Enthusiasm.

Enthusiasm.

Massimo Chiapponi launched his Parma bike shop Italia Veloce in 2009 with fellow “retro- velo” enthusiasts Christian Grande, a multidisciplinary designer, and advertising executive Max Rabaglia.

He has been racing bicycles since he was a kid and turned his hobby of hand-built bikes into an Italian business that now ships to clients as far away as the U.S., Japan and New Zealand. Chiapponi’s lead mechanic is a skilled welder, leatherworker, fabricator and designer. Their bikes start at 2,900 Euros and go up from there.

From a small shop in Parma, these bicycle enthusiasts have garnered attention from Vanity Fair, Class, Gentleman, Marie Claire, GQ, Case & Country, Grazia, The Good Life, Monsieur, Maxim and The Financial Times.

On my last tour through Parma, taking in more amazing cheese and architecture than anyone should be allowed, I was fortunate enough to visit the Italia Veloce showroom.

Bicycle enthusiasts is an understatement. These guys eat, live and breathe bicycles.

Their leather seats are hand cut, sewn, stamped and designed on-site. The aluminum frames are bent and welded on-site. They even have hand-made wooden mud guards on some of the bikes. It’s unreal. These guys can talk to you about bicycles for days,.

In his book, The Culture Code: The Secrets of Highly Successful Groups, Daniel Coyle shares the story of Larry Page and how his relatively unknown firm at the time named Google actually beat out the favored winner, Overture, in the race to develop an effective internet solution that matched ads with user search terms.

It all started with a relentless curiosity and enthusiasm for the problem they were trying to solve for the consumer and their customers (i.e., advertisers). Similar to Massimo in his bicycle shop, but on a much larger scale, Google’s enthusiasm for their craft was all-consuming.

This should remind us all to evaluate our own enthusiasm for what we do. Has the daily grind caused you to lose some of the enthusiasm you had when you entered your chosen profession or trade? Do you get up each morning excited to go to work, or are you just going through the motions?

If you’re honest with yourself, like I was many years ago when some of the stress and monotony of private practice started to wear on me, and you find you need to reinvigorate your curiosity and enthusiasm for what it is you do, here are three quick fixes:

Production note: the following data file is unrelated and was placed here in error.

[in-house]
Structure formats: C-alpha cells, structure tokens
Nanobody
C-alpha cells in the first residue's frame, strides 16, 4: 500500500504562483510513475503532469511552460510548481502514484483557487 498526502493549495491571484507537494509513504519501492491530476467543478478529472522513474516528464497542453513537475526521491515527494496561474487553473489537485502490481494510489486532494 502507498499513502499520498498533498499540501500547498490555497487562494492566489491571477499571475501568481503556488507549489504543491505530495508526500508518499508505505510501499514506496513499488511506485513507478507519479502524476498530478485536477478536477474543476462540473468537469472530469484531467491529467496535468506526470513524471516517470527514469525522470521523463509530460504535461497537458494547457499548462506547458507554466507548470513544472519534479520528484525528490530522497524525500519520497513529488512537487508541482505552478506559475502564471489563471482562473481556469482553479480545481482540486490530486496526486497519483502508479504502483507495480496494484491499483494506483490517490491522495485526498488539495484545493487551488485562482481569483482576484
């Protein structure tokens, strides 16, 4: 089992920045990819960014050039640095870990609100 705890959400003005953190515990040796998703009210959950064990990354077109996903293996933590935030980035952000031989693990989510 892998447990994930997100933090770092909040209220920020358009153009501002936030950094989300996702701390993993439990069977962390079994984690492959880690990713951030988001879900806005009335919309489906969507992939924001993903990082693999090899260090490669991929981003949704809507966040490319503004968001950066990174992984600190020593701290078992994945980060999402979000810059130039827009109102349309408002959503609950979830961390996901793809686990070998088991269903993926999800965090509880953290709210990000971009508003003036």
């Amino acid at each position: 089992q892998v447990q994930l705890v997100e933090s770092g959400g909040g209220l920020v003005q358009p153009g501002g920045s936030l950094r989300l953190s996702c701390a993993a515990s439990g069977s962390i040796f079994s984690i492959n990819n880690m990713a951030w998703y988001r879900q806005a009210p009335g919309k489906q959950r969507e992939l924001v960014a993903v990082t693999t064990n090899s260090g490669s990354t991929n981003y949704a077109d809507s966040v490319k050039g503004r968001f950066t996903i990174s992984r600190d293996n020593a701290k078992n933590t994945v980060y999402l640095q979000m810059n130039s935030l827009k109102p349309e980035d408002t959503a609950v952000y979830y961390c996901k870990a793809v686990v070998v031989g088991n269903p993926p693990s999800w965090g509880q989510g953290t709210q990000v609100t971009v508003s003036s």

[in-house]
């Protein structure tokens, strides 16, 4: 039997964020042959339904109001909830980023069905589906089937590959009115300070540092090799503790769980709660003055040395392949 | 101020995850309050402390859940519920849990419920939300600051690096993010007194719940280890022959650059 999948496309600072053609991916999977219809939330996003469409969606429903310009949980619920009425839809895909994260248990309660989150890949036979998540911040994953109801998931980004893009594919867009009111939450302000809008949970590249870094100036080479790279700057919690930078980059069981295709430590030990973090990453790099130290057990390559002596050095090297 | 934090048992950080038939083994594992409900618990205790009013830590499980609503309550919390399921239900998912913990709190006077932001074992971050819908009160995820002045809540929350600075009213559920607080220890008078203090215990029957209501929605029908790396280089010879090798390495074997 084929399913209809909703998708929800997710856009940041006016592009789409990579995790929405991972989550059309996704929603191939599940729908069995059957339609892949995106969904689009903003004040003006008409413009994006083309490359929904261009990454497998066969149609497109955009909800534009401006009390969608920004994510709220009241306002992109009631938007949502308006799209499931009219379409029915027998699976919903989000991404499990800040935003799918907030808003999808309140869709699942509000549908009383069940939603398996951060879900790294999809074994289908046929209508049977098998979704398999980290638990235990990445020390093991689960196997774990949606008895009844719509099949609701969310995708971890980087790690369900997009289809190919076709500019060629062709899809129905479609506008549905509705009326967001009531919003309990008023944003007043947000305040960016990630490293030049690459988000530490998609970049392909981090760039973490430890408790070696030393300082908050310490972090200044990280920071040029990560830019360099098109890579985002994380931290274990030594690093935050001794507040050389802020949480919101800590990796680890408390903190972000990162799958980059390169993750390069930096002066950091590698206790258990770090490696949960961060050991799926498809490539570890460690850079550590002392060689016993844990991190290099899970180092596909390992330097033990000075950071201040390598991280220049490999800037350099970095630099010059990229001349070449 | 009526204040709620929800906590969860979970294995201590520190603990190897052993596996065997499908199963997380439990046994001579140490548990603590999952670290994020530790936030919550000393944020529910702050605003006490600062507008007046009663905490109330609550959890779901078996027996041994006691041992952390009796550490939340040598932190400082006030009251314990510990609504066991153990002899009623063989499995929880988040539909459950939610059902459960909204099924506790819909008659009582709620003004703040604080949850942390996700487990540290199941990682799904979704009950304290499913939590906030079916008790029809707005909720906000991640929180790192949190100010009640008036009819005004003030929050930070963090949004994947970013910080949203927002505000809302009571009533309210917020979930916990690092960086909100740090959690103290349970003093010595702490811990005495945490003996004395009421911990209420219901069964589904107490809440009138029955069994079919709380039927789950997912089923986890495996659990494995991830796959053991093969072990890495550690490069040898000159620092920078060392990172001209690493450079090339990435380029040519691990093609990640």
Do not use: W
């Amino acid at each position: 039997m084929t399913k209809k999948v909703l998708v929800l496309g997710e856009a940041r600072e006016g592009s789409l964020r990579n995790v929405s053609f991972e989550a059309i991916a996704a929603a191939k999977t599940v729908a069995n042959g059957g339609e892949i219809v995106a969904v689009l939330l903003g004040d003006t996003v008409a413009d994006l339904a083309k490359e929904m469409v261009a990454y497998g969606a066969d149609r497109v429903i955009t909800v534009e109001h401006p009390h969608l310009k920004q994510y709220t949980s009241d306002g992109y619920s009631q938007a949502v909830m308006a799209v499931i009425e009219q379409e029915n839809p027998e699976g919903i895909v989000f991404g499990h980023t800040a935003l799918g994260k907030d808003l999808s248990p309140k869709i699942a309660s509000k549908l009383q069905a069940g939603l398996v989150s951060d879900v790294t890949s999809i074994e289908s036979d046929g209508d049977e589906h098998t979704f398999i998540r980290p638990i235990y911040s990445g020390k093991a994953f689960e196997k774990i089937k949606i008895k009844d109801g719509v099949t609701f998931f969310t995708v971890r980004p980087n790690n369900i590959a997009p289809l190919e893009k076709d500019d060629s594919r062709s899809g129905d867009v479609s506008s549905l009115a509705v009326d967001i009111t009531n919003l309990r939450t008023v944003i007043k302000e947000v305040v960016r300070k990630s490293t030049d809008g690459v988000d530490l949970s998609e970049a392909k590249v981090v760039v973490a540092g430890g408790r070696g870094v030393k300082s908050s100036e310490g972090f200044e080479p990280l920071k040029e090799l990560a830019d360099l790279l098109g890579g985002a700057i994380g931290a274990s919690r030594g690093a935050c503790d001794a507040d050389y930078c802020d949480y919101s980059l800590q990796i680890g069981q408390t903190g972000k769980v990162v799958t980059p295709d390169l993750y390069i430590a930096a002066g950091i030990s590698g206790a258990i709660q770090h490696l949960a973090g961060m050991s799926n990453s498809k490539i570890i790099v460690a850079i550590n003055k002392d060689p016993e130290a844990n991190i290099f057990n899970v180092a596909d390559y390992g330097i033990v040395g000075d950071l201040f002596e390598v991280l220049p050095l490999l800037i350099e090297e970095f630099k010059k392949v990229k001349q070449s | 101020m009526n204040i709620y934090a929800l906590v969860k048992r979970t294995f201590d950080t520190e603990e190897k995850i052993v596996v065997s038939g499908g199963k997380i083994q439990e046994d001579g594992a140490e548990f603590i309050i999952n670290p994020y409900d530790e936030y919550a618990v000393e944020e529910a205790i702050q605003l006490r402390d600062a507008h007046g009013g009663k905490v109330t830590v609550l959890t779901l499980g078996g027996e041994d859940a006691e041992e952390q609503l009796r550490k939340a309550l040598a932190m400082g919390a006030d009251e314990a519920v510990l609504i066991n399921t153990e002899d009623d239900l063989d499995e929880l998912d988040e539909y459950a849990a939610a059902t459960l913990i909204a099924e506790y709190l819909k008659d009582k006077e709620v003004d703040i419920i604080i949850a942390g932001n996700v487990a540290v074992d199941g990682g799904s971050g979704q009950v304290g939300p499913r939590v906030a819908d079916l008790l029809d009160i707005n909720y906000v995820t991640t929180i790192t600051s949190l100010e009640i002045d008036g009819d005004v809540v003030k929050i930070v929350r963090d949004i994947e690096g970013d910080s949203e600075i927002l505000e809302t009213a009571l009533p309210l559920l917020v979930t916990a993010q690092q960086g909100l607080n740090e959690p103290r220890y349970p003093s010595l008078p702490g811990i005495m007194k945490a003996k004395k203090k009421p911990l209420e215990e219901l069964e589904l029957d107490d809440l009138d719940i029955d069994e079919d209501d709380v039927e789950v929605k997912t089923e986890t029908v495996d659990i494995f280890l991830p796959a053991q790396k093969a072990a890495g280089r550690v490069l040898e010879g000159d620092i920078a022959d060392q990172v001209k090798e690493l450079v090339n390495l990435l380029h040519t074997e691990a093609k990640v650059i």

First, act like everything you see tomorrow is being seen for the first time or last time you’ll ever see it. This is a fast way to raise your awareness and appreciation for everything around you. If you knew tomorrow’s sunrise or sunset were the last time you’d ever see them, you’d see them in a different light.

Similarly, if you see a challenging case or problem tomorrow and you pretend like it’s the first time you’ve ever seen something like it, you’ll approach it with more curiosity and respect, like a child seeing something for the first time.

Second, express gratitude for your business and the way you earn a living. Things could always be worse. You could be digging ditches for a living and it never hurts to express a little gratitude for where you are and how you got here. Remember, everything you’ve achieved was once a dream. Taking your profession or way of life for granted is a surefire way to repel opportunity and wealth.

Finally, in sharing what you do with others and serving your community, seek to understand before you seek to be understood. Too many of us want to get through the motions of our day and for patients, employees and other stakeholders to sit tight while we do what we know is right. I get it. Often, I just wish the patient or parent would let me do my job or that the employee would “get with the program” and do what I ask, but if we don’t understand their motivations, their challenges and their hopes, fears and desires in life, we’re unlikely to help them in the best way we can.

I’ve found this last tip to be particularly helpful in generating referrals, achieving employee buy-in and boosting revenue per employee and earning bigger returns and more satisfying results for stakeholders in all of my businesses. Unlike Massimo, you don’t need to be a master welder, leather worker or designer to show more enthusiasm in your daily work, but it wouldn’t hurt to understand and then demonstrate his same level of curiosity and appreciation for the craft you’ve chosen to embrace as a calling, not just a career.

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Worked at Burleson Orthodontics. Attended University of Missouri–Kansas City. Lives in Kansas City, Missouri.